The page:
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CONNE RIVER, N.L. - It has been a journey that has lasted for nearly two centuries.
Now, that journey is approaching its end as the National Museum of Scotland has agreed to return the remains of Beothuks Nonosabasut and Demasduit closer to home.
Their remains have been in Scotland since 1827 and will be transferred to the Canadian Museum of History in Ottawa. They were discovered by a Newfoundlander in 1928, unearthed and shipped to Scotland.
William Epps Cormack, a Newfoundlander from St. John's, discovered the remains in a tomb in 1828 and shipped them to his mentor — Professor Robert Jameson — for the collection of artifacts at the University Museum in Edinburgh. They were later transferred to the Industrial Museum of Scotland in the 1850s, now known as the National Museum of Scotland.
The plight of the Beothuk people, who have been extinct since 1829, when last known survivor Shawnadithit died in St. John’s, has been near to the hearts of members of the Indigenous community in Newfoundland and Labrador for many years, and shared by people in this province and across Canada.
Chief Mi’sel Joe of the Miawpukek First Nation in Conne River has led the charge to have the remains repatriated to their birthplace.
“It’s just a little bit overwhelming,” he said Monday in Conne River, where he was attending a Salite, a sacred Mi’kmaq post-burial tradition, for Chantel John, the 28-year-old woman killed in Conne River Jan. 9.
“This morning, when I spoke to the premier, I want to keep saying ‘yahoo!’ … I’m glad it’s happening. It’s long
overdue; almost 200 years or so…,” Joe said “This is finally happening after four-and-a-half years for me. It’s been since 2018 for the premier and the provincial government making the request.”
Joe said he thought the process would take a lot longer than it did and thanked the provincial government for its support in helping expediate the process. He said it was good news for the Indigenous community and for the people of Newfoundland and Labrador.
“Today’s news that we are one step closer to the repatriation of the Beothuk remains held by National Museum of Scotland is tremendously significant — for Indigenous communities, for our province and for Canada,’’ Premier Dwight Ball said in a news release.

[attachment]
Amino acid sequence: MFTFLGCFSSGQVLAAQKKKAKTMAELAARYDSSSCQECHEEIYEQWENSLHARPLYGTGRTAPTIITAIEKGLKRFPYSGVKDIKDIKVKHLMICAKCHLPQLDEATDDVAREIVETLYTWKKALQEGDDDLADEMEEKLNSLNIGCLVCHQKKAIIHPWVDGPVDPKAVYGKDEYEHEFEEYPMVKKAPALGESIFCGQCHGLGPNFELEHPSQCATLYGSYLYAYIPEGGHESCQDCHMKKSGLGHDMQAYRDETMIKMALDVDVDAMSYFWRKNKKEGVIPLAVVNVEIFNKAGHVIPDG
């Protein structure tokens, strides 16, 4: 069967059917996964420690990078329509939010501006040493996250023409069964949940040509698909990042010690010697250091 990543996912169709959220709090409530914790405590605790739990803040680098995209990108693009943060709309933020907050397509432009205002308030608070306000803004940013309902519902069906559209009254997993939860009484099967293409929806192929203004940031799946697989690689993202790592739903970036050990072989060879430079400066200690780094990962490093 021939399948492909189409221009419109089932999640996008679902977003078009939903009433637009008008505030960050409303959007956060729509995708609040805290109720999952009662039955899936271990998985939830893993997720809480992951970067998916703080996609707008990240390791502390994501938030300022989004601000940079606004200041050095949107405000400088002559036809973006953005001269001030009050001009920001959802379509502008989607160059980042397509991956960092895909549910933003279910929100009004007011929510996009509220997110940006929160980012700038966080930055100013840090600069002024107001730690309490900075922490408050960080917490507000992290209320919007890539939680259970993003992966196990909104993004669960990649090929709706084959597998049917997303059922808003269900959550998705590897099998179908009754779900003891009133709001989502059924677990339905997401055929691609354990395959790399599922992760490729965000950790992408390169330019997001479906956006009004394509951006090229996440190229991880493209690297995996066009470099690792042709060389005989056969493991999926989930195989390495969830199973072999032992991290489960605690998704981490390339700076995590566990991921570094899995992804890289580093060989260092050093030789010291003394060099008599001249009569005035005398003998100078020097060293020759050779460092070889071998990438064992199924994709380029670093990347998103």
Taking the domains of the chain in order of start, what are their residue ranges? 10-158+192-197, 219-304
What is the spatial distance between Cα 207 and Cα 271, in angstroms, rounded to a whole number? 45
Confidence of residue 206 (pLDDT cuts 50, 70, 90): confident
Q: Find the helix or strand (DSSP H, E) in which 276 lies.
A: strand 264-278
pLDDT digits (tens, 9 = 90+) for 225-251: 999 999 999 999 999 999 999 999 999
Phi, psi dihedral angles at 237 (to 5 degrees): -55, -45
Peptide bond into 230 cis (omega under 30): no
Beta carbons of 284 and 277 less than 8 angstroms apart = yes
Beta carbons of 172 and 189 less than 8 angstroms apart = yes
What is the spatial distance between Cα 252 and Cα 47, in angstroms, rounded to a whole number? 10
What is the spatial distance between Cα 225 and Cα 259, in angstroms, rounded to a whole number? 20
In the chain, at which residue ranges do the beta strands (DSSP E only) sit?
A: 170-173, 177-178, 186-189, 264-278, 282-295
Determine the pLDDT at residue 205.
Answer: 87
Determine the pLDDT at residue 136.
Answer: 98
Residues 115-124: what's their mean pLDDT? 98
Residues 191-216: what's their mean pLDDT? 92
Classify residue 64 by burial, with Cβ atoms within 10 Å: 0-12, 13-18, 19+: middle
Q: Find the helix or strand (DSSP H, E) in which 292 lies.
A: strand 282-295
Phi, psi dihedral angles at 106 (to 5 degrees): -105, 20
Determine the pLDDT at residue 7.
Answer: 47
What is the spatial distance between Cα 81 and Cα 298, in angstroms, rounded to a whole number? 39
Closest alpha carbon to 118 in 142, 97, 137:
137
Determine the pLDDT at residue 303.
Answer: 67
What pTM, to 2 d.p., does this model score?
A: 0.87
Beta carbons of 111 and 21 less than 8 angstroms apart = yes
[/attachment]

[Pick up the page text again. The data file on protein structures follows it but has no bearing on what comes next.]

“Our government and Indigenous leaders throughout our province came together at Newfoundland and Labrador’s first ever Indigenous Leaders Roundtable in 2017 to make this a priority — and to partner with the federal government in advancing this work. I especially want to thank Miawpukek First Nation Chief Mi’sel Joe for his leadership and international advocacy on this issue,” he added.
“Through tremendous partnership and perseverance, we can restore these remains to their rightful home, reflect on what has been lost, and be hopeful about what can be gained through reconciliation, and by honouring Indigenous culture," the release went on to say.
Joe first started advocating for the return in 2014 and ran into some roadblocks initially. Once he got others involved in the process, he travelled to Scotland to meet with officials at the museum and brought information back to local politicians and Indigenous leaders.
Museum officials said in 2016 that a request would have to come from the federal government to start the process of having the remains returned, which was done, making Monday’s announcement made possible.
“The first time (I travelled to Scotland), I didn’t see them. They said they were in another building and I couldn’t see them,” the chief said. “The next time I went back, I was able to see the remains and did a little sweetgrass ceremony. I said, ‘I’ll be back, we want to have those remains back in Canada.’
“And I jokingly said before I left, if I don’t see them the next time, I’m going to dig up (Scottish poet) Robbie Burns. It was just a joke,” he added.
After the second visit, Joe participated in a roundtable discussion in this province with the premier and Indigenous leaders, and formulated a plan that involved the federal government to help with the repatriation request.
“We don’t have a timeline at this stage, but it’s going to happen, from what I read this morning and what the premier said,” Joe said. “I think the next step is we have to get a timeline. We have to put together what kind of ceremony we going to do.”
Groups in Canada have been saying there should be an honour guard that leaves Scotland with the remains, brings them to Ottawa, and have a ceremony there, perhaps involving the Assembly of First Nations.